IBS and Your Menstrual Cycle

Alright folks, I’m only going to say this once: if you’re squeamish, click away. This is your last opportunity to GTFO before I say something disgusting.

Okay, here goes….when you’re on your period, are you sometimes unsure whether you’re having an IBS flare or if you’ve just got cramps? Because sometimes, menstrual cramps feel a heck of a lot like having to poop!

According to researchers at Clue, “period poop” is a real thing (and not just for people who have IBS). People using their app to track their periods report more diarrhea, abdominal pain and bloating during their periods – all symptoms of IBS!

For whatever reason, women often note that their IBS symptoms are worse when they are PMSing or on their period. Some of you might be wondering why; others might be thinking, “WTF do I care? Tell me how to make my period suck less already!”

Well, don’t worry; this post has answers for both of you.

Why is my IBS worse on my period?

According to Monash University, the answer all boils down to one word: hormones!

Hormones are powerful things. If you menstruate, you probably already know this, since even the slightest drop in estrogen and progesterone can turn the Nicest Person Ever into a raging bitch for a week. (Shoutout to my boyfriend David for putting up with me during that time of the month!)

Your uterus takes cues from your hormones about when to build up and shed its lining, determining what stage in your menstrual cycle you’re at. But like your uterus, your gut also has receptors for female sex hormones, meaning that it, too, is sensitive to changes in your levels of estrogen and progesterone.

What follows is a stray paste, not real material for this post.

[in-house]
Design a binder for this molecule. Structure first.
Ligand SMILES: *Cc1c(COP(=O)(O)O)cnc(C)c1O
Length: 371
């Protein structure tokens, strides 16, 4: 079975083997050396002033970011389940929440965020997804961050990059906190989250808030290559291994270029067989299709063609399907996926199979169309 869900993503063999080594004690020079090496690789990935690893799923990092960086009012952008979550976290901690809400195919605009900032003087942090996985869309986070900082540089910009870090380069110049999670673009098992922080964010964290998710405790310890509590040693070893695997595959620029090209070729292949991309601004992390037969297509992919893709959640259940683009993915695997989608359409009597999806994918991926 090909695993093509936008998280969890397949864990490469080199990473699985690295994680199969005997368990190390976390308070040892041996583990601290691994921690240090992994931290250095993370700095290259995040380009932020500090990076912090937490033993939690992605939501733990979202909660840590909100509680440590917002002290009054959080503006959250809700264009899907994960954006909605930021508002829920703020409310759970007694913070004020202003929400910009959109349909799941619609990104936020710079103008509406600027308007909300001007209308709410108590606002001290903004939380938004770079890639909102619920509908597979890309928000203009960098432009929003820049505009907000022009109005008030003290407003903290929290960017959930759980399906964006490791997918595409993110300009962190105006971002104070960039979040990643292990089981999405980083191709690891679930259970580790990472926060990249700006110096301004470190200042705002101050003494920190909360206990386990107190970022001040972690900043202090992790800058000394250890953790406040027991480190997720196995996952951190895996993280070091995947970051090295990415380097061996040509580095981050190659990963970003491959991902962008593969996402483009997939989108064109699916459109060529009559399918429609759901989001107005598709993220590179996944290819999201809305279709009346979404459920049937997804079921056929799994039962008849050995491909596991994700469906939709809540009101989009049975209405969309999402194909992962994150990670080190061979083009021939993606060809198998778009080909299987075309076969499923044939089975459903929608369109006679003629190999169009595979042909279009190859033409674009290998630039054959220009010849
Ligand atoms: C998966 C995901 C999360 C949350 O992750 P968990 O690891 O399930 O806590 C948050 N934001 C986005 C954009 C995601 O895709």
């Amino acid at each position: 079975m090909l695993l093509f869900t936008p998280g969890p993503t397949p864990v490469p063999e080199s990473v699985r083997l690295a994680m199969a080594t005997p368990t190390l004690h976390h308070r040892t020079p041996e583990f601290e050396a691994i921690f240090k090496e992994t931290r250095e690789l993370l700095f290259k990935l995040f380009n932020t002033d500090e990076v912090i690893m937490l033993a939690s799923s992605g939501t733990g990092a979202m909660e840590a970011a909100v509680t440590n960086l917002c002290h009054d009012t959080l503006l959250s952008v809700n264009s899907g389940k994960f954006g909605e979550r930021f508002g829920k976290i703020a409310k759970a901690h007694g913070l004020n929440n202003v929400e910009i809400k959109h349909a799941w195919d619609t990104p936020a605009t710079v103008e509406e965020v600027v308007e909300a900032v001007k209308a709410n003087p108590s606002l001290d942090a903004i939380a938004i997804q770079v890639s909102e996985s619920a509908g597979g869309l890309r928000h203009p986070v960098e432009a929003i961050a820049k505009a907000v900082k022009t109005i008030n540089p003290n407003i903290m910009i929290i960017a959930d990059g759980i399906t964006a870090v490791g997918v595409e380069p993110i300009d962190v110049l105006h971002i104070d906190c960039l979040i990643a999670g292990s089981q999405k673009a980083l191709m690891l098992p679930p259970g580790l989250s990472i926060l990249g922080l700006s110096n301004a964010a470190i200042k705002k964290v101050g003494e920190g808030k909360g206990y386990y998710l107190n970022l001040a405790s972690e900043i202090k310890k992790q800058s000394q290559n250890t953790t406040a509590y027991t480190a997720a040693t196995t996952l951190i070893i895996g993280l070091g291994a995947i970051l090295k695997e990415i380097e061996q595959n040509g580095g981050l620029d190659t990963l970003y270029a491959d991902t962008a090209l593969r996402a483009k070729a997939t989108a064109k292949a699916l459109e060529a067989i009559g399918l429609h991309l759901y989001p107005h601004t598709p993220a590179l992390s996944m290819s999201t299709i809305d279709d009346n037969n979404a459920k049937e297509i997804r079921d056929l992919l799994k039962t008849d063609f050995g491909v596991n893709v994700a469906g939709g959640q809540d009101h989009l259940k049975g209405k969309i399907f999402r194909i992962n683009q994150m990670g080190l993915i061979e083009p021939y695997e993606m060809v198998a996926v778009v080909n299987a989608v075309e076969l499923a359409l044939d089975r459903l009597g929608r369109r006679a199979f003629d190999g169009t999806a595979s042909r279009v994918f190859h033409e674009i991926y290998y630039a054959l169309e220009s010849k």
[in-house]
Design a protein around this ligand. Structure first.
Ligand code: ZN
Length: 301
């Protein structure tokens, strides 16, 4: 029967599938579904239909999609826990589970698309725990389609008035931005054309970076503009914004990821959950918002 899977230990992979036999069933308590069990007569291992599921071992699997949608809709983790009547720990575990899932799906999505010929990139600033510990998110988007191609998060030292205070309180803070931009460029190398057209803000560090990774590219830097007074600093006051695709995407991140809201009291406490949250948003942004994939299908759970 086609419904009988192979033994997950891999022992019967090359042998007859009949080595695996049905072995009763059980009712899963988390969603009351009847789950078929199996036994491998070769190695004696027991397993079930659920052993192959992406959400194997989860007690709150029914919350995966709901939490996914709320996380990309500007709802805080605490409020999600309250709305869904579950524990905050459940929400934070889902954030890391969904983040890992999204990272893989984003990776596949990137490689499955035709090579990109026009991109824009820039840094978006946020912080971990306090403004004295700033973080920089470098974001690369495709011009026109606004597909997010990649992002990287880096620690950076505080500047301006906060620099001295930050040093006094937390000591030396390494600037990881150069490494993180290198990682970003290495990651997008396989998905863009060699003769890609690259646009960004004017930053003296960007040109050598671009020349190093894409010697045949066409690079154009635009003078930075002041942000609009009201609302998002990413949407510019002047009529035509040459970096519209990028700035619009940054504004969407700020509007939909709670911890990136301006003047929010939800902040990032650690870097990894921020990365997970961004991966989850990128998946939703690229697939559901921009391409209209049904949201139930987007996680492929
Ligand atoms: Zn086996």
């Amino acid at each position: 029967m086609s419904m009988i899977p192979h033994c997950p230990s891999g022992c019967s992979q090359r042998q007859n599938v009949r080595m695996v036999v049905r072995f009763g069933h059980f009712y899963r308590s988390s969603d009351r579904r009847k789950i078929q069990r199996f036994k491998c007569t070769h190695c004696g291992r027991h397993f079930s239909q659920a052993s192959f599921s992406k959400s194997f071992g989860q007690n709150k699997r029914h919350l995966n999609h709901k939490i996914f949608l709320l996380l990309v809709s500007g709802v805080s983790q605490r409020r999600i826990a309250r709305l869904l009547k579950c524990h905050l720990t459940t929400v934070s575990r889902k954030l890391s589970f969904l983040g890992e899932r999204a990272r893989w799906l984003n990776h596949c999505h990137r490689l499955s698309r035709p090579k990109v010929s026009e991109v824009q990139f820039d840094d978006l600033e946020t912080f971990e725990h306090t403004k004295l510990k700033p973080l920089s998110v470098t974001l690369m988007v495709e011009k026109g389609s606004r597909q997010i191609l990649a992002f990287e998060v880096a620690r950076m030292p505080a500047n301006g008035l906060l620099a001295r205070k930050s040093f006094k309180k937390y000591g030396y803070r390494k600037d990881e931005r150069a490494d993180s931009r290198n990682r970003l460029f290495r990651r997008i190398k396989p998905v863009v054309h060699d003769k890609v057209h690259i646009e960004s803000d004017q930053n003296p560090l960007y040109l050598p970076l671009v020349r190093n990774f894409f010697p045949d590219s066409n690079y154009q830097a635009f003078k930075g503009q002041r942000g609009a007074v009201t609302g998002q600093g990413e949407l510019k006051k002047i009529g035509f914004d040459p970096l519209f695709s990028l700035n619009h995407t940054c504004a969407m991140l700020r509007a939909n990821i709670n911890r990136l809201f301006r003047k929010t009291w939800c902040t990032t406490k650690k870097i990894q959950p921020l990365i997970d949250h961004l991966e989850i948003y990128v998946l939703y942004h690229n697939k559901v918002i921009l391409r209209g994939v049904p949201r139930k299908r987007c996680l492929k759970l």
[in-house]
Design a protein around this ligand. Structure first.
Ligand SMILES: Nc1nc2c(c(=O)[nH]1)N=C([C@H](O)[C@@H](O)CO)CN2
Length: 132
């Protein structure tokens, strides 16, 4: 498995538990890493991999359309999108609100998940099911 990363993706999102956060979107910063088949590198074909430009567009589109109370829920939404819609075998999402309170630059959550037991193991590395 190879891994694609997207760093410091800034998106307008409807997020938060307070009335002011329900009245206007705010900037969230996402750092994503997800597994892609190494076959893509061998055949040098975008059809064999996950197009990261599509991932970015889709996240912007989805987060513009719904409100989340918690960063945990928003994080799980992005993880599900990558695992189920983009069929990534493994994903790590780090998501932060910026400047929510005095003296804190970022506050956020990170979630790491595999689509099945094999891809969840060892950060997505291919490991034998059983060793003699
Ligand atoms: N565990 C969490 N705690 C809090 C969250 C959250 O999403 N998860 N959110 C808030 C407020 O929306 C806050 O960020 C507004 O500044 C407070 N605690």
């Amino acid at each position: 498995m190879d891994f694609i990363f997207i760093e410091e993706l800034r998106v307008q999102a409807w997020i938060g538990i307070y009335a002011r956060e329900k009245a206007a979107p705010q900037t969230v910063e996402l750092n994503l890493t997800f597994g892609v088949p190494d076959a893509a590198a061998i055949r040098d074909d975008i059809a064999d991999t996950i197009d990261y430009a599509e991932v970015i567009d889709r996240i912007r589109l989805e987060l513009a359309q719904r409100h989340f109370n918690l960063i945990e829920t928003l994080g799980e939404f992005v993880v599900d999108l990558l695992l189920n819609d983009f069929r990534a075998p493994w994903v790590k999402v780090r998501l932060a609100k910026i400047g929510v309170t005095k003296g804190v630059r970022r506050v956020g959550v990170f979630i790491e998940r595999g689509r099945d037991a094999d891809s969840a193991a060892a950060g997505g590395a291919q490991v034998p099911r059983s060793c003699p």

Furthermore, the same chemicals responsible for menstrual cramps may also lead to cramping, bloating and discomfort in the digestive system. Prostaglandins released during your period trigger contractions in the uterus, which helps your uterus shed its lining. However, these same prostaglandins could trigger painful contractions in the digestive system, leading to worsened symptoms of IBS.

One important caveat to note: endometriosis, another painful condition associated with the menstrual cycle, can also cause digestive symptoms, particularly if uterine tissue spreads to the bowels. So, if you’re also experiencing heavy, unrelenting periods with excruciating pain in addition to your digestive systems, talk to your gynecologist about whether endometriosis could be a possibility. (For more information, I highly recommend the book The Doctor Will See You Now!)

What can I do about it?

LOL, nothing. End of post.

….just kidding. Researchers have discovered some techniques you can use to reduce digestive discomfort related to your menstrual cycle. Namely, try the following!

Try ‘boring’ NSAIDs. As obvious as it may sound, over-the-counter painkillers may be enough to relieve mild discomfort during your period. If you can take NSAIDs like Aspirin or Aleve, do so; if not, acetaminophen is also an option for decreasing pain and inflammation.

Take vitamin supplements. Taking calcium, magnesium and vitamin B-6 before your period may proactively reduce digestive discomfort, bloating and diarrhea come that time of the month.

Reduce caffeine consumption. Caffeinated beverages lead to symptoms in many IBS patients, but did you know they can also increase menstrual cramps? Avoiding caffeine during menstruation may be your best bet for decreasing period pain.

Explore birth control options. Some types of birth control – such as the oral contraceptive pill – may decrease both menstrual cramps and digestive discomfort. Talk to your doctor about your options if you are interested!

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